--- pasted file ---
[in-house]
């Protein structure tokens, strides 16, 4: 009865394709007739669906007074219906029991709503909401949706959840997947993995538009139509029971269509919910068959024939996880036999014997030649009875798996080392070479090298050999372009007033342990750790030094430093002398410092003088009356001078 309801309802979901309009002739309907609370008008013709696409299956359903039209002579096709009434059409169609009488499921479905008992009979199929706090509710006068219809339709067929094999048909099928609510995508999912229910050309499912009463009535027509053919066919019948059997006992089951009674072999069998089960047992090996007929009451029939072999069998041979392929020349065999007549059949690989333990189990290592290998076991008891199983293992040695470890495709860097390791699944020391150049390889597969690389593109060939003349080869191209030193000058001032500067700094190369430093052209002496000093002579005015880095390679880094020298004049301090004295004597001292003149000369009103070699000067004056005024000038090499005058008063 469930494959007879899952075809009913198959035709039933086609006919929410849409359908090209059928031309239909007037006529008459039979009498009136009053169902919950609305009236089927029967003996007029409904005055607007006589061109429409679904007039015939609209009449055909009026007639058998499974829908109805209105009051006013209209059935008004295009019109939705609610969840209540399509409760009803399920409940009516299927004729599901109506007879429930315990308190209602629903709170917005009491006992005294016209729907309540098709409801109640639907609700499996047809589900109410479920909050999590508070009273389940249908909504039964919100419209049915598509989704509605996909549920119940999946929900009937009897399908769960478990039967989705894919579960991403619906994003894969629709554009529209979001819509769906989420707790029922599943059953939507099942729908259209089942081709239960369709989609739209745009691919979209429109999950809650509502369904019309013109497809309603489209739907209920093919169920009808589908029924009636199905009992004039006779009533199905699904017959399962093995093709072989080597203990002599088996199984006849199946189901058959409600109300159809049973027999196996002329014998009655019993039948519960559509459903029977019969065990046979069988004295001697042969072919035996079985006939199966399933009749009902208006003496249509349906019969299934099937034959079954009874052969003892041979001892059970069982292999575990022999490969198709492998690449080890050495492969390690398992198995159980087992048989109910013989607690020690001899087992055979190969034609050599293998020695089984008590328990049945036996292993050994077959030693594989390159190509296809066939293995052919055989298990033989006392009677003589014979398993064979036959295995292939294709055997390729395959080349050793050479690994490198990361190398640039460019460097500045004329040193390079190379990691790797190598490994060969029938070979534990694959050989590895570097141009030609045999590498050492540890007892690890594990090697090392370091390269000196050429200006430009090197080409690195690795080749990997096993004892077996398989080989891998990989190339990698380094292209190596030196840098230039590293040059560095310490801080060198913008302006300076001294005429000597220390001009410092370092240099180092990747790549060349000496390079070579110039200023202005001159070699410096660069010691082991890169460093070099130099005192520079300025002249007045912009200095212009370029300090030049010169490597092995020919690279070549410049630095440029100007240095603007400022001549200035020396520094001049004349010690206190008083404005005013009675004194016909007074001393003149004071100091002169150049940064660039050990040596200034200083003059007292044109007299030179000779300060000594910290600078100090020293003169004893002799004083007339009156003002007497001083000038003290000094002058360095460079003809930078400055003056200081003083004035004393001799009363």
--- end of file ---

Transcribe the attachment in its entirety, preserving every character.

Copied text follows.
[in-house]
């Protein structure tokens, strides 16, 4: 009865394709007739669906007074219906029991709503909401949706959840997947993995538009139509029971269509919910068959024939996880036999014997030649009875798996080392070479090298050999372009007033342990750790030094430093002398410092003088009356001078 309801309802979901309009002739309907609370008008013709696409299956359903039209002579096709009434059409169609009488499921479905008992009979199929706090509710006068219809339709067929094999048909099928609510995508999912229910050309499912009463009535027509053919066919019948059997006992089951009674072999069998089960047992090996007929009451029939072999069998041979392929020349065999007549059949690989333990189990290592290998076991008891199983293992040695470890495709860097390791699944020391150049390889597969690389593109060939003349080869191209030193000058001032500067700094190369430093052209002496000093002579005015880095390679880094020298004049301090004295004597001292003149000369009103070699000067004056005024000038090499005058008063 469930494959007879899952075809009913198959035709039933086609006919929410849409359908090209059928031309239909007037006529008459039979009498009136009053169902919950609305009236089927029967003996007029409904005055607007006589061109429409679904007039015939609209009449055909009026007639058998499974829908109805209105009051006013209209059935008004295009019109939705609610969840209540399509409760009803399920409940009516299927004729599901109506007879429930315990308190209602629903709170917005009491006992005294016209729907309540098709409801109640639907609700499996047809589900109410479920909050999590508070009273389940249908909504039964919100419209049915598509989704509605996909549920119940999946929900009937009897399908769960478990039967989705894919579960991403619906994003894969629709554009529209979001819509769906989420707790029922599943059953939507099942729908259209089942081709239960369709989609739209745009691919979209429109999950809650509502369904019309013109497809309603489209739907209920093919169920009808589908029924009636199905009992004039006779009533199905699904017959399962093995093709072989080597203990002599088996199984006849199946189901058959409600109300159809049973027999196996002329014998009655019993039948519960559509459903029977019969065990046979069988004295001697042969072919035996079985006939199966399933009749009902208006003496249509349906019969299934099937034959079954009874052969003892041979001892059970069982292999575990022999490969198709492998690449080890050495492969390690398992198995159980087992048989109910013989607690020690001899087992055979190969034609050599293998020695089984008590328990049945036996292993050994077959030693594989390159190509296809066939293995052919055989298990033989006392009677003589014979398993064979036959295995292939294709055997390729395959080349050793050479690994490198990361190398640039460019460097500045004329040193390079190379990691790797190598490994060969029938070979534990694959050989590895570097141009030609045999590498050492540890007892690890594990090697090392370091390269000196050429200006430009090197080409690195690795080749990997096993004892077996398989080989891998990989190339990698380094292209190596030196840098230039590293040059560095310490801080060198913008302006300076001294005429000597220390001009410092370092240099180092990747790549060349000496390079070579110039200023202005001159070699410096660069010691082991890169460093070099130099005192520079300025002249007045912009200095212009370029300090030049010169490597092995020919690279070549410049630095440029100007240095603007400022001549200035020396520094001049004349010690206190008083404005005013009675004194016909007074001393003149004071100091002169150049940064660039050990040596200034200083003059007292044109007299030179000779300060000594910290600078100090020293003169004893002799004083007339009156003002007497001083000038003290000094002058360095460079003809930078400055003056200081003083004035004393001799009363």